The best James Bond 007 cars

James Bond Die Another Day Aston Martine

Dave Morley

Posted November 09, 2021


James Bond's slickest sidekick has always been the beautifully bulletproof and ejector-seated machines that have helped propel his career.

The latest in a long line of James Bond movies, No Time to Die, is finally hitting cinemas this week. While it will apparently be Daniel Craig's last round having his martinis shaken not stirred, it has been a long overdue wait to see both Bond and his magnificent new wheels in motion.

To give 007 fans their four-wheeled fix ahead of the premiere, here’s a look back at the greatest Bond cars to hit the silver screen. Will No Time To Die be one to remember? 


Aston Martin DB5 - Goldfinger (1964)

This is without a doubt the car that got car lovers interested in Bond films. The most famous of all 007’s wheels over the past six decades, the DB5 was a great choice for an action character renowned for nerves of steel, fearlessness and an eye for beauty. Ian Fleming’s novel that gave us the 1964 Goldfinger film did, in fact, have Bond in an Aston Martin, but it wasn’t the gadget-laden Swiss-Army-Car that Sean Connery eventually drove on the silver screen.

Gadgets? Oh yes, and who can forget the scene in Goldfinger where Q implores Bond to “Pay attention please” as he explains the workings of the ejection seat. Beyond the pyrotechnic passenger’s seat, the Aston featured villain-beating tech such as machine guns mounted in the bumperbar, tyre shredders, radar, bulletproof glass and shields and revolving number plates. The DB5 was also capable of producing everything from a smoke screen to an oil slick to put pursuers off the scent.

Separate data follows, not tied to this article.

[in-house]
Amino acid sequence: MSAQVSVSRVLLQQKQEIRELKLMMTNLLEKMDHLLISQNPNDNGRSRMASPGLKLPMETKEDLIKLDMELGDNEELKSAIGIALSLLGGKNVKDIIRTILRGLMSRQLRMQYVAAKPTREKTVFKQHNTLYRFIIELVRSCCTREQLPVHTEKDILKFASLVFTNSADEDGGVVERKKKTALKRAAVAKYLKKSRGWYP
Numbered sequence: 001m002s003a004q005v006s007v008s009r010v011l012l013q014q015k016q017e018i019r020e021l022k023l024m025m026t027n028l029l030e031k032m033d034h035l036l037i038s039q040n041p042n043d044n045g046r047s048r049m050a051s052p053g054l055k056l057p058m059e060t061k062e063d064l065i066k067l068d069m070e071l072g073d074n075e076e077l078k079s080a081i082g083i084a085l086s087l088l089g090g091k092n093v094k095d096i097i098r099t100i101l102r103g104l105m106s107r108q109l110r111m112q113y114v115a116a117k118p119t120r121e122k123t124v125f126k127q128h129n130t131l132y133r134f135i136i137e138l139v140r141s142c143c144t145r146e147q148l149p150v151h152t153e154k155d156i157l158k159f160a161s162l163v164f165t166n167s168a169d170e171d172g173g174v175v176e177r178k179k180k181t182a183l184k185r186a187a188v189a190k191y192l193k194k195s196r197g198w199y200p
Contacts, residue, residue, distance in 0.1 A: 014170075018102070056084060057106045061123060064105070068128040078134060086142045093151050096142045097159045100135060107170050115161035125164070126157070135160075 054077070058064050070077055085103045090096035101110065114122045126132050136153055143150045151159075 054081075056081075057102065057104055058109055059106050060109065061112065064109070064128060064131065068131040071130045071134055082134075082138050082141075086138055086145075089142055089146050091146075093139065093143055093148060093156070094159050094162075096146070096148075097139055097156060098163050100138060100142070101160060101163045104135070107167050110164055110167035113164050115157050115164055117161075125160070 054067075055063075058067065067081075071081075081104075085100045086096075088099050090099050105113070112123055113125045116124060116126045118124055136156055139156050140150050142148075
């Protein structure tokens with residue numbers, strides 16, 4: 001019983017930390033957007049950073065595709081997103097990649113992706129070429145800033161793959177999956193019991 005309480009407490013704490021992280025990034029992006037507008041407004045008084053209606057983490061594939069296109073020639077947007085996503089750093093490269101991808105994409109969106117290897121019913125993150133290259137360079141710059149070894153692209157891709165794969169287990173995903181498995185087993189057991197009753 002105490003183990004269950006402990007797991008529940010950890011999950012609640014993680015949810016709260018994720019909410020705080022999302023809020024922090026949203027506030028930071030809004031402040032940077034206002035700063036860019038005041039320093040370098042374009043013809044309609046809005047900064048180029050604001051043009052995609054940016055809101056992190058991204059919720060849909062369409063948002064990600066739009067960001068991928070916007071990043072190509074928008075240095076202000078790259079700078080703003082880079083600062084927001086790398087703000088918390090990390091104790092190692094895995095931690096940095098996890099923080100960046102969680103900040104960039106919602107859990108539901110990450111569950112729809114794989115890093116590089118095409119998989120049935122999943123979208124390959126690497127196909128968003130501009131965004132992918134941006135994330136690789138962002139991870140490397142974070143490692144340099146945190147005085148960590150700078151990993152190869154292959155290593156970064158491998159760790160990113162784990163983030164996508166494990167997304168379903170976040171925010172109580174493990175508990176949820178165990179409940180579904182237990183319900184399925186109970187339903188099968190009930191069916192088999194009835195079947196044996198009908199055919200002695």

The DB5’s appeal was so strong, it spanned the decades itself, appearing in subsequent Bond films including Thunderball (1965), Goldeneye (1995), Tomorrow Never Dies (1997), Casino Royale (2006) and Skyfall (2012). It also spanned Bonds, from Connery and Pierce Brosnan to today’s Daniel Craig. One of the four DB5s built for Goldfinger fetched an astounding $9.4 million at auction last year, even though it never appeared in the film. It was a promotional vehicle that toured the US to promote the next Bond film, Thunderball, in 1965.

Aston Martin Goldfinger

James Bond pictured with the Aston Martin DB5. Image: Alamy. 


 

Toyota 2000GT - You Only Live Twice (1967)

Set in Japan, it made sense for Bond to drive a Japanese car for You Only Live Twice. Of course, Japan wasn’t exactly known for its exotic performance cars back then, but Toyota’s limited-edition 2000GT was deemed the most likely candidate, having been unveiled at the Tokyo Motor Show of 1965.